The correct answer is:
He was no Mr. Five-by-five in those days, but a compact, debonair young man who dressed with an easy elegance. Much later, during theater appearances with Basie’s famous band, he sometimes cut an old step from slavery days called “falling off the log” for the sheer humor provided by the rapid and apparently precarious shifting of his great bulk, but in the Oklahoma days he was capable of an amazing grace of movement. A nineteenth-century formality still clung to public dances at the time, and there was quite a variety of steps. Jimmy danced them all, gliding before the crowd over the polished floor, sometimes with a girl, sometimes with a huge megaphone held chest-high before him as he swayed. The evenings began with the more formal steps, to popular and semi-classical music, and proceeded to become more expressive as the spirit of jazz and the blues became dominant. It was when Jimmy’s voice began to soar with the spirit of the blues that the dancers — and the musicians — achieved that feeling of communion which was the true meaning of the public jazz dance. The blues, the singer, the band and the dancers formed the vital whole of jazz as an institutional form, and even today neither part is quite complete without the rest. The thinness of much of so-called “modern jazz” is especially reflective of this loss of wholeness, and it is quite possible that Rushing retains his vitality simply because he has kept close to the small Negro public dance.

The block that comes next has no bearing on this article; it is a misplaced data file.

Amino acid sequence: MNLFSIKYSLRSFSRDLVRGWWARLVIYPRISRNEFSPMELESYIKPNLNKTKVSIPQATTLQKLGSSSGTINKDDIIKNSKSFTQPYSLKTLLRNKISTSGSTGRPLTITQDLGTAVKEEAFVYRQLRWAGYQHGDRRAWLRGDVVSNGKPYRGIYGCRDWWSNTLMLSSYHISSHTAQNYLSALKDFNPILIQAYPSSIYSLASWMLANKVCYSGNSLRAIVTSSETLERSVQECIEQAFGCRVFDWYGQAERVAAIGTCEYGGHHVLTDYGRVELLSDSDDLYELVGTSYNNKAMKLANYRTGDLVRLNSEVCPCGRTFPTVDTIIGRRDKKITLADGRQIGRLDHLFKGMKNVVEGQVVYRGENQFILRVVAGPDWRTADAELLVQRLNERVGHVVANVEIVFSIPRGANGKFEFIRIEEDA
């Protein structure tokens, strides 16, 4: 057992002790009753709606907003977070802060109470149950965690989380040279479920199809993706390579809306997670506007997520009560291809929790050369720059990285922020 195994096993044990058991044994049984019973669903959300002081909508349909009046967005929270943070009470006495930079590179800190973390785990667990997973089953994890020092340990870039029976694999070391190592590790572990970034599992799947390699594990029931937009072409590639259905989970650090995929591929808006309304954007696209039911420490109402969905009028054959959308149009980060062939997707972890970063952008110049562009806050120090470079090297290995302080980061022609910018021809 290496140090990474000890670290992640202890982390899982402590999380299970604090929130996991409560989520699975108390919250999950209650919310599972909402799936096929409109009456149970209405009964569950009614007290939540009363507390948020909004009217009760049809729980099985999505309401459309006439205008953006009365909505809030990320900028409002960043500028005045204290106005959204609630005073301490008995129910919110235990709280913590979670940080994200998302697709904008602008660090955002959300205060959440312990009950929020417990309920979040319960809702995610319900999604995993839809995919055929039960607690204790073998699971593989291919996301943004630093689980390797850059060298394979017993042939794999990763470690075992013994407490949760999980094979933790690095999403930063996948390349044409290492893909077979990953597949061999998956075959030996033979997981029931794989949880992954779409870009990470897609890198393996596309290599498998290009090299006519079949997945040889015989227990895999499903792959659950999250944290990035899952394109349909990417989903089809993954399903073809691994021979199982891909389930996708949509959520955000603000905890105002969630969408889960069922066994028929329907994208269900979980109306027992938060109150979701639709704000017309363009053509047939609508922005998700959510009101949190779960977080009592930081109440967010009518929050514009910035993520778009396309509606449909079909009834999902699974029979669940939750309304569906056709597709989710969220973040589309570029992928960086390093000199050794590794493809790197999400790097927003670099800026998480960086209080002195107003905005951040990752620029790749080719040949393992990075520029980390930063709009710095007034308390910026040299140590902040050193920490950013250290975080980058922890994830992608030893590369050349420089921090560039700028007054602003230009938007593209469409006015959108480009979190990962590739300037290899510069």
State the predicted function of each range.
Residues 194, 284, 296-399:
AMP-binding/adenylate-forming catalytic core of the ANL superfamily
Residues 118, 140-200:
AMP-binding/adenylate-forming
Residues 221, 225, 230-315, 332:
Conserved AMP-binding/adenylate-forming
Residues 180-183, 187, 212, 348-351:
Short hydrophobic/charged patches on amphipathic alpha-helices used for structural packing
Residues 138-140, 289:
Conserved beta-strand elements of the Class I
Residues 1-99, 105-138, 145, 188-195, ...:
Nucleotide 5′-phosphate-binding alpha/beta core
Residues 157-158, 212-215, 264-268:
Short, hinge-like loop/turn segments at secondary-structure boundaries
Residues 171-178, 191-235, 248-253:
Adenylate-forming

– Ralph Ellison, from “Remembering Jimmy.” Originally appeared in the Saturday Review, July 12, 1958
Rushing sings “Good Morning Blues,” from 1962